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Stephenson says homophobia among gay men raises risk of intimate partner violence

Frey says having more immigrants with higher birth rates fills need in the US

Inglehart's work on the rise of populism cited in NYT

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Savolainen wins Outstanding Contribution Award for study of how employment affects recidivism among past criminal offenders

Giving Blueday at ISR focuses on investing in the next generation of social scientists

Pfeffer and Schoeni cover the economic and social dimensions of wealth inequality in this special issue

PRB Policy Communication Training Program for PhD students in demography, reproductive health, population health

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Next Brown Bag

Mon, Jan 23, 2017 at noon:
H. Luke Shaefer

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Email Address
(213) 740-8869

Emily Smith-Greenaway

Assistant Professor, Department of Sociology, University of Southern California.

Ph.D., Pennsylvania State University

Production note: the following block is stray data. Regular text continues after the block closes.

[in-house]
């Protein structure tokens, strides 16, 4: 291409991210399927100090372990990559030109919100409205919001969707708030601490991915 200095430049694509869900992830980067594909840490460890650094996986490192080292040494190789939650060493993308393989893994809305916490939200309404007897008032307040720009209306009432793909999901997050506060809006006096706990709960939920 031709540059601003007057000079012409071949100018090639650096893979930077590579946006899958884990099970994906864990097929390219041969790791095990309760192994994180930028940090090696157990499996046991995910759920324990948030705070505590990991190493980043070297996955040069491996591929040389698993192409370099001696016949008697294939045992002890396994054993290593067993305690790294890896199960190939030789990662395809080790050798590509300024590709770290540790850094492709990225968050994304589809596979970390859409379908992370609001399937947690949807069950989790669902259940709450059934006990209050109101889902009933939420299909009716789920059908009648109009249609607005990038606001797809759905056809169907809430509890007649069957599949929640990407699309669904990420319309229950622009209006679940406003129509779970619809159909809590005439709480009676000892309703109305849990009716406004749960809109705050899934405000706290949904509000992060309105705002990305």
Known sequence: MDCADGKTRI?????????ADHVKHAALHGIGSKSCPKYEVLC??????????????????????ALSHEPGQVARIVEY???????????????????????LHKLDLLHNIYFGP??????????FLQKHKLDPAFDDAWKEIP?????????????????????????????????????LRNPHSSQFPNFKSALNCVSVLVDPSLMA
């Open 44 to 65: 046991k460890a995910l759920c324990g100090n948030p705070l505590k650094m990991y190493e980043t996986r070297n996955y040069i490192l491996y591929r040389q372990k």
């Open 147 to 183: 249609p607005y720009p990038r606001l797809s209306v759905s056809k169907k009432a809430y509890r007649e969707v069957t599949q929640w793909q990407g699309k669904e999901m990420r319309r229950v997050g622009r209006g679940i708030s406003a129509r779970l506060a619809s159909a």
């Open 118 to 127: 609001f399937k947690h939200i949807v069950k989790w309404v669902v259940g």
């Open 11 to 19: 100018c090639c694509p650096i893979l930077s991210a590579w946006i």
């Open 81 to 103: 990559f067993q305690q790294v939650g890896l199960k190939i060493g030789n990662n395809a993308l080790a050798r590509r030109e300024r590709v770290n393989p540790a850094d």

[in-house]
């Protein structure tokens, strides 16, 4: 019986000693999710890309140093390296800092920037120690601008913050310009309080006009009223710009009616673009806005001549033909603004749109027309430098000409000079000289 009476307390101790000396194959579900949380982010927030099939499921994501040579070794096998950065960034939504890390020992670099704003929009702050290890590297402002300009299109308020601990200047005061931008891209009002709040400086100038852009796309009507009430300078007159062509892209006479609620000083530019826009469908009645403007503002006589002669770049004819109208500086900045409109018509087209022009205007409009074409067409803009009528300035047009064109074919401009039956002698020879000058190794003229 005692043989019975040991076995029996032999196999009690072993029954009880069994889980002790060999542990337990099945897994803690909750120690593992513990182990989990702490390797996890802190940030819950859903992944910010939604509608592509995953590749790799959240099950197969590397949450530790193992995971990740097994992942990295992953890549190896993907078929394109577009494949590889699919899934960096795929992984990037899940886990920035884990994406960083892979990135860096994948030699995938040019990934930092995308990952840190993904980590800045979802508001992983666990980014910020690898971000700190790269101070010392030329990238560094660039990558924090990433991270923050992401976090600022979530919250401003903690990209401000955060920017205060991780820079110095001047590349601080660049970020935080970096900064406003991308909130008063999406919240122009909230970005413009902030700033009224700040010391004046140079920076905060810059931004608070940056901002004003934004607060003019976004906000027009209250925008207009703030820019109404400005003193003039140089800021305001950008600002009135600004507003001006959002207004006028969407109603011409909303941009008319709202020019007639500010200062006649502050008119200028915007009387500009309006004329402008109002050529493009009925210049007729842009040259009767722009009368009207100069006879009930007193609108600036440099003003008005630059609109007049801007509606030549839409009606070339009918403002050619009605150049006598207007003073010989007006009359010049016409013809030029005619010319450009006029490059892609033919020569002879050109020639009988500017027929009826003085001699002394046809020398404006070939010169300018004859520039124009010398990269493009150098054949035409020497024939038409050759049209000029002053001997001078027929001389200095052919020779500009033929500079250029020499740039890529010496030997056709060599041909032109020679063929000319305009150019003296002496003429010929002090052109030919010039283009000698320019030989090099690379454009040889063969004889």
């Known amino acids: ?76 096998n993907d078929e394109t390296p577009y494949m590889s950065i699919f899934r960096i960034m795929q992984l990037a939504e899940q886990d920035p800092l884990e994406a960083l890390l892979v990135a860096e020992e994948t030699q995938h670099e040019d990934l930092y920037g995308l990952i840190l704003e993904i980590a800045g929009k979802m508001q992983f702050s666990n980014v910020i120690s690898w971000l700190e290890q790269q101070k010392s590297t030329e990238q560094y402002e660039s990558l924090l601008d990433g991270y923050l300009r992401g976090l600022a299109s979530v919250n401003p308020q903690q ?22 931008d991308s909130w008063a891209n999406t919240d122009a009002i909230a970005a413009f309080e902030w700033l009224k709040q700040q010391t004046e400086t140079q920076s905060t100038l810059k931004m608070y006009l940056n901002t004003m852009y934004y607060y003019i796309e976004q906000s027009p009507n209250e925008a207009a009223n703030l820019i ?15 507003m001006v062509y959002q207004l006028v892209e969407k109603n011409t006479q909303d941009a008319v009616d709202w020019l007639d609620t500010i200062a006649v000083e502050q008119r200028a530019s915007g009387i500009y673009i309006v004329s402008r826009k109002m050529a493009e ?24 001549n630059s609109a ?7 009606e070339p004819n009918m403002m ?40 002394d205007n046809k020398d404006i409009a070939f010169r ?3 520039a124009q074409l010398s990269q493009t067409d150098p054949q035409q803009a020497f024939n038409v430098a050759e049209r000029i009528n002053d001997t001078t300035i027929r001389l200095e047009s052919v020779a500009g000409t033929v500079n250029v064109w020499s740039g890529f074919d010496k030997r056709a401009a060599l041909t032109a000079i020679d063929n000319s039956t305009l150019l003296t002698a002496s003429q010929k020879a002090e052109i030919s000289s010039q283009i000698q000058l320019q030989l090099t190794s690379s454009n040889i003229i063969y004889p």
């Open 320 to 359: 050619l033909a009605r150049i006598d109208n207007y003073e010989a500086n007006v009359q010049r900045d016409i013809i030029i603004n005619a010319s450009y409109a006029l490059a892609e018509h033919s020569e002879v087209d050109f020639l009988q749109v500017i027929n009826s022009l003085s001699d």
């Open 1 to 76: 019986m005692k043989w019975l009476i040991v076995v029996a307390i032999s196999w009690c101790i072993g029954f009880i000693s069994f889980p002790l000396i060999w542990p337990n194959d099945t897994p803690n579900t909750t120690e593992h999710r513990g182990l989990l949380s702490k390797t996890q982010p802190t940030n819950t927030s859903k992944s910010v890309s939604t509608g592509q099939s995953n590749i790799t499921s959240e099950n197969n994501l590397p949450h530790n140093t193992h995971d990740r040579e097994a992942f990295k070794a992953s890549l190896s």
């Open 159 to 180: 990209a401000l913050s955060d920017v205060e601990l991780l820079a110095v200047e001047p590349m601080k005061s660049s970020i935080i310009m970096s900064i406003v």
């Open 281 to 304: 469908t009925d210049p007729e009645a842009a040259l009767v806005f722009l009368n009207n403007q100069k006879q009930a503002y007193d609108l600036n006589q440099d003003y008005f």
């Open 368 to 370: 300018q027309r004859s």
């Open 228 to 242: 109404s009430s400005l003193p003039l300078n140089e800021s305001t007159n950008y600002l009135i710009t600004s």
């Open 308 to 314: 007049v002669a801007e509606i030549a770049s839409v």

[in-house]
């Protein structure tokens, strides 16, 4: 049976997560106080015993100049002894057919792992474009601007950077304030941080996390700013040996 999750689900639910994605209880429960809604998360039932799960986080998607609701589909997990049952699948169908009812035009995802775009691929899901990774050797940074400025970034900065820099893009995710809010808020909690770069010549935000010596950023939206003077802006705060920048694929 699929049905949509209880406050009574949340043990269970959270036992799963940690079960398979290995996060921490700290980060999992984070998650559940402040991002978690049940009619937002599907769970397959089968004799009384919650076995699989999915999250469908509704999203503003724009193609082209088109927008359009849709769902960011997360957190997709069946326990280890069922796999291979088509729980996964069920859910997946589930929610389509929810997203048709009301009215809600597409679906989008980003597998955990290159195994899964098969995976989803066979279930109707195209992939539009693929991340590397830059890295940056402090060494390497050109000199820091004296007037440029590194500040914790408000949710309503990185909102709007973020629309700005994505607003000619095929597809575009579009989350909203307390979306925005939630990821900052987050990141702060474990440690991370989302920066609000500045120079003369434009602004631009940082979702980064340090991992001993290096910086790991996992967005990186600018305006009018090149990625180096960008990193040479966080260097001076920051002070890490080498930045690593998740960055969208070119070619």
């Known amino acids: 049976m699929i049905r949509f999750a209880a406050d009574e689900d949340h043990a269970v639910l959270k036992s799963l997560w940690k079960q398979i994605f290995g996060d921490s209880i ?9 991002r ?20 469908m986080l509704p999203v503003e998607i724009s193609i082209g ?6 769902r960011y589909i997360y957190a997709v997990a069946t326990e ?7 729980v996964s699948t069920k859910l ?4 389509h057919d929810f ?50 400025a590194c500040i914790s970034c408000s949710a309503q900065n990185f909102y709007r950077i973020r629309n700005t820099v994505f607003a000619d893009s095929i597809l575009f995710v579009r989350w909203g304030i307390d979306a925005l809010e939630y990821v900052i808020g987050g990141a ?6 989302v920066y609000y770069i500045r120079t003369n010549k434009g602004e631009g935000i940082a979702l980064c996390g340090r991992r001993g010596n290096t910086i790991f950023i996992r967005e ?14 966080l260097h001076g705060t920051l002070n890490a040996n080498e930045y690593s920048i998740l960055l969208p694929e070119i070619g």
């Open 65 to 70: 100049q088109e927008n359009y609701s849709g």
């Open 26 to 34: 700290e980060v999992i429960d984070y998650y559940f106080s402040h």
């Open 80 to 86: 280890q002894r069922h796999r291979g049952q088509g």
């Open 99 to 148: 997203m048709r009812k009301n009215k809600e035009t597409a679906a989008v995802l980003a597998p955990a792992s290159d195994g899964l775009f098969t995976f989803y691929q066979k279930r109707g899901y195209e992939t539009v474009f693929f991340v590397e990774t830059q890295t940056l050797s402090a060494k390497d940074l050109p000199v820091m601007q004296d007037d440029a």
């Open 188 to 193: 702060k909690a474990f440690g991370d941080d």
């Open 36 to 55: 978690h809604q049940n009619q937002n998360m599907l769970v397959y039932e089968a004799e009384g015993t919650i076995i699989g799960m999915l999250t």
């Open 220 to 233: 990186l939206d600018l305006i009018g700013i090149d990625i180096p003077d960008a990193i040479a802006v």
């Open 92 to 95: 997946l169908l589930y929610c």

Dr. Smith-Greenaway’s research broadly examines how social institutions influence individuals’ wellbeing across the life-course. In her research on education, she has used both primary and secondary data to demonstrate that literacy powerfully influences both adults’ own health and that of their children. In her research on marriage, she explores how family processes intersect with the broader cultural context to influence adults’ and children’s wellbeing.

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Journal Articles

Smith-Greenaway, Emily. Forthcoming. "Death and Desirability: Retrospective Reporting of Unintended Pregnancy after a Child's Death." Demography. NIHMSID: NIHMS778745.

Smith-Greenaway, Emily. 2015. "Educational attainment and adult literacy: A descriptive account of 31 Sub-Saharan Africa countries." Demographic Research, 33: 1015-1034. PMCID: PMC4852308. Abstract.

Smith-Greenaway, Emily, and S. Madhavan. 2015. "Maternal Migration and Child Health: An Analysis of Disruption and Adaptation Processes in Benin." Social science research, 54: 146-158. PMCID: PMC4833091.

Ghimire, Dirgha, William Axinn, and Emily Smith-Greenaway. 2015. "Impact of the spread of mass education on married women's experience with domestic violence." Social Science Research, 54: 319-331. PMCID: PMC4607934. DOI. Abstract.

Smith-Greenaway, Emily. 2015. "Are literacy skills associated with young adults' health in Africa? Evidence from Malawi." Social Science and Medicine, 127: 124-133. PMCID: PMC4297261. DOI. Abstract.

PSC Reports

Smith-Greenaway, Emily, and Shelley Clark. 2015. "Parental Divorce and Child Mortality in Sub-Saharan Africa: Does Context Matter?" PSC Research Report No. 15-843. July 2015. Abstract. PDF.